High Voltage Electrical Discharge Art Print

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High-voltage discharges of 500,000 – 1,000,000 Volts

The dielectric breakdown strength of dry air, at Standard Temperature and Pressure (STP), between spherical electrodes is approximately 33 kV/cm. This is only as a rough guide, since the actual breakdown voltage is highly dependent upon the electrode shape and size. Strong electric fields (from high voltages applied to small or pointed conductors) often produce violet-colored corona discharges in air, as well as visible sparks. Voltages below about 500–700 volts cannot produce easily visible sparks or glows in air at atmospheric pressure, so by this rule these voltages are “low”. However, under conditions of low atmospheric pressure (such as in high-altitude aircraft), or in an environment of noble gas such as argon or neon, sparks appear at much lower voltages. 500 to 700 volts is not a fixed minimum for producing spark breakdown, but it is a rule-of-thumb. For air at STP, the minimum sparkover voltage is around 327 volts, as noted by Friedrich Paschen.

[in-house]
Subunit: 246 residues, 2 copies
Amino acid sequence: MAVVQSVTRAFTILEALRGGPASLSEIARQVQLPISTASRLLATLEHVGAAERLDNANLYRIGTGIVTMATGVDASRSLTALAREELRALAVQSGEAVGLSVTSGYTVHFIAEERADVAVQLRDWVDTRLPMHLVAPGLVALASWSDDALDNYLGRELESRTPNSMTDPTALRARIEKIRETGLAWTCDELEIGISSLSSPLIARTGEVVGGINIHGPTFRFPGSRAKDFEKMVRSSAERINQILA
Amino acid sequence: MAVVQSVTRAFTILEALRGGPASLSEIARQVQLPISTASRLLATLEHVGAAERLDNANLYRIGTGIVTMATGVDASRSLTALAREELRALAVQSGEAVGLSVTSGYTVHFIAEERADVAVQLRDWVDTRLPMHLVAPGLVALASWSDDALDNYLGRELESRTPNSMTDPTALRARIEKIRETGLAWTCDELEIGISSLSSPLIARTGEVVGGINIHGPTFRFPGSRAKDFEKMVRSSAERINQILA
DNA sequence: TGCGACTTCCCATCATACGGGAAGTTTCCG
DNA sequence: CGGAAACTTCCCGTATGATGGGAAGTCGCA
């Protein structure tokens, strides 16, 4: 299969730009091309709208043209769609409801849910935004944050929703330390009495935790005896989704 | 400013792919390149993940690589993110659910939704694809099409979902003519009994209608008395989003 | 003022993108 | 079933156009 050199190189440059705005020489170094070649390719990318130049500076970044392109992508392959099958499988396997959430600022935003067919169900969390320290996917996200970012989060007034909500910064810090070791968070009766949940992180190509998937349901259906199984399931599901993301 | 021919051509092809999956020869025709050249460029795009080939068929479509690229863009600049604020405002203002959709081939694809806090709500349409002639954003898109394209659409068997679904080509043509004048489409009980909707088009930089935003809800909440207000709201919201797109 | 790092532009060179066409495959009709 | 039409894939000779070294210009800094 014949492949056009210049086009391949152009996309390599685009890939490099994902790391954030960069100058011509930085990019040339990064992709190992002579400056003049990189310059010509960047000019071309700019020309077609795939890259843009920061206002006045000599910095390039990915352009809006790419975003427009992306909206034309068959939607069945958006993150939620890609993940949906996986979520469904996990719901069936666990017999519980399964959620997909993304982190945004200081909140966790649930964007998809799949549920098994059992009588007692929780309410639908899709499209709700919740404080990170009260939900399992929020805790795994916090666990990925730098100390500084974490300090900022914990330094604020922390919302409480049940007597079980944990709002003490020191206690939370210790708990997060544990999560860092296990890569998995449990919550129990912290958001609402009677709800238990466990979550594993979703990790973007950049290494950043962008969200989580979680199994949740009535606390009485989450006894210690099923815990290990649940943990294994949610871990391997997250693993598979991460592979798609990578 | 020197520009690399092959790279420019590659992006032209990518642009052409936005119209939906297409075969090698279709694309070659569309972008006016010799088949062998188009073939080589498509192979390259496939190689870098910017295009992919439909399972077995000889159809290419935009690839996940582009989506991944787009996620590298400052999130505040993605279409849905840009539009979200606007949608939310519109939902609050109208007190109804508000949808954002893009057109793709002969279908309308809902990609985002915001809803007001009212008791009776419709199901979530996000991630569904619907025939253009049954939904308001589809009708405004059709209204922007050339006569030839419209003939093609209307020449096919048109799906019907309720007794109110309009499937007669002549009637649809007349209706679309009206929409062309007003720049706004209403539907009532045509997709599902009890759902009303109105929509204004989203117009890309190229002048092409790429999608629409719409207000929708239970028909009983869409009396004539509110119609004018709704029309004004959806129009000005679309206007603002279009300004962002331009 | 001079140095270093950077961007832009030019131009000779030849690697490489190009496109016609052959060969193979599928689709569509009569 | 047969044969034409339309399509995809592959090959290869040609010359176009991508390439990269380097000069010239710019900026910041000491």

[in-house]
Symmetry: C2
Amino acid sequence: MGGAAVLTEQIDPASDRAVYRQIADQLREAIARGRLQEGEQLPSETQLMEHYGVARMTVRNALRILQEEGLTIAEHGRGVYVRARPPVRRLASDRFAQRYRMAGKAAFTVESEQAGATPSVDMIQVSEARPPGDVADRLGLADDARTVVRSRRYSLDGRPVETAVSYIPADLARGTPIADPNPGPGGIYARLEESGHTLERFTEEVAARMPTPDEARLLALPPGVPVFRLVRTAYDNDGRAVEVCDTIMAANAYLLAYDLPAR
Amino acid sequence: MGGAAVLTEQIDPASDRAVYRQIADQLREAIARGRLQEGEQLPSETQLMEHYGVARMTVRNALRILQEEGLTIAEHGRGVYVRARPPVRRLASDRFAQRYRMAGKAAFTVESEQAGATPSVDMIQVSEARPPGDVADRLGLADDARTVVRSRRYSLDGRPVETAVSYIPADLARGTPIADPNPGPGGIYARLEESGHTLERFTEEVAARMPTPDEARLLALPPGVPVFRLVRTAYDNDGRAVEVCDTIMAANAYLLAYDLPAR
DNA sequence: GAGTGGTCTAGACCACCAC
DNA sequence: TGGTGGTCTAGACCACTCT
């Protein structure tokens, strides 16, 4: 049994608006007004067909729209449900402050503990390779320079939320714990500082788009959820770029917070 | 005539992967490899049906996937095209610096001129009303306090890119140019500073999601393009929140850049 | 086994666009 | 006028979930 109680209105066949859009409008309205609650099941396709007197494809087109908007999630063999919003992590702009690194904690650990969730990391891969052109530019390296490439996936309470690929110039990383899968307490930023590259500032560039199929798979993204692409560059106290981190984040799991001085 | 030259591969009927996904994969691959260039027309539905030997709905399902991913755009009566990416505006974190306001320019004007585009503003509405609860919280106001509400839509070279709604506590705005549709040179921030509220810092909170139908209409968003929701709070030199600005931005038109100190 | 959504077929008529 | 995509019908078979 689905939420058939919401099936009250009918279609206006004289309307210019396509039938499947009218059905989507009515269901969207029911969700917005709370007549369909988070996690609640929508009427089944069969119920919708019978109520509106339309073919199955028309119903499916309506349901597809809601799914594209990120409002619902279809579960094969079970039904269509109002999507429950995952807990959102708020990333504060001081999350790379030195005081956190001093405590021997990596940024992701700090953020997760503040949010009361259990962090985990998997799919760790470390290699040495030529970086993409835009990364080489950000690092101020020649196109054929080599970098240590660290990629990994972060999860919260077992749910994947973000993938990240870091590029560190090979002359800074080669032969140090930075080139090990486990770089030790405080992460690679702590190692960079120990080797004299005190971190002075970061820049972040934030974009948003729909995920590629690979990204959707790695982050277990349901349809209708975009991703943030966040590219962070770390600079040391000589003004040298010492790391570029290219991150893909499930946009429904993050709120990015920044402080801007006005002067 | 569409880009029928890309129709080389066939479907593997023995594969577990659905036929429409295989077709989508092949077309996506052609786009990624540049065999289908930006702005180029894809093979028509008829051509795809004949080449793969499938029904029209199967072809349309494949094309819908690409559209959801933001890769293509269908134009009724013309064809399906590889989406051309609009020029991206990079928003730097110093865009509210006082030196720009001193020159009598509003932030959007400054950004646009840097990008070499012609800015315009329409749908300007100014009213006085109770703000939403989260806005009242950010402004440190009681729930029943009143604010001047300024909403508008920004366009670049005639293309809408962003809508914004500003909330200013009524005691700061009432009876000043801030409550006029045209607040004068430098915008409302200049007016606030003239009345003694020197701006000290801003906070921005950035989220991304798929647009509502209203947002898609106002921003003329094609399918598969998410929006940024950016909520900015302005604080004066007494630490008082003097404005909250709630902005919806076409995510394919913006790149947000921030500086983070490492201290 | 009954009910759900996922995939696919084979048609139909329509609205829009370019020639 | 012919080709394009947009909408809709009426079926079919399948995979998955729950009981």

While lower voltages do not, in general, jump a gap that is present before the voltage is applied, interrupting an existing current flow with a gap often produces a low-voltage spark or arc. As the contacts are separated, a few small points of contact become the last to separate. The current becomes constricted to these small hot spots, causing them to become incandescent, so that they emit electrons (through thermionic emission). Even a small 9 V battery can spark noticeably by this mechanism in a darkened room. The ionized air and metal vapour (from the contacts) form plasma, which temporarily bridges the widening gap. If the power supply and load allow sufficient current to flow, a self-sustaining arc may form. Once formed, an arc may be extended to a significant length before breaking the circuit. Attempting to open an inductive circuit often forms an arc, since the inductance provides a high-voltage pulse whenever the current is interrupted. AC systems make sustained arcing somewhat less likely, since the current returns to zero twice per cycle. The arc is extinguished every time the current goes through a zero crossing, and must reignite during the next half-cycle to maintain the arc.

Unlike an ohmic conductor, the resistance of an arc decreases as the current increases. This makes unintentional arcs in an electrical apparatus dangerous since even a small arc can grow large enough to damage equipment and start fires if sufficient current is available. Intentionally produced arcs, such as used in lighting or welding, require some element in the circuit to stabilize the arc’s current/voltage characteristics.

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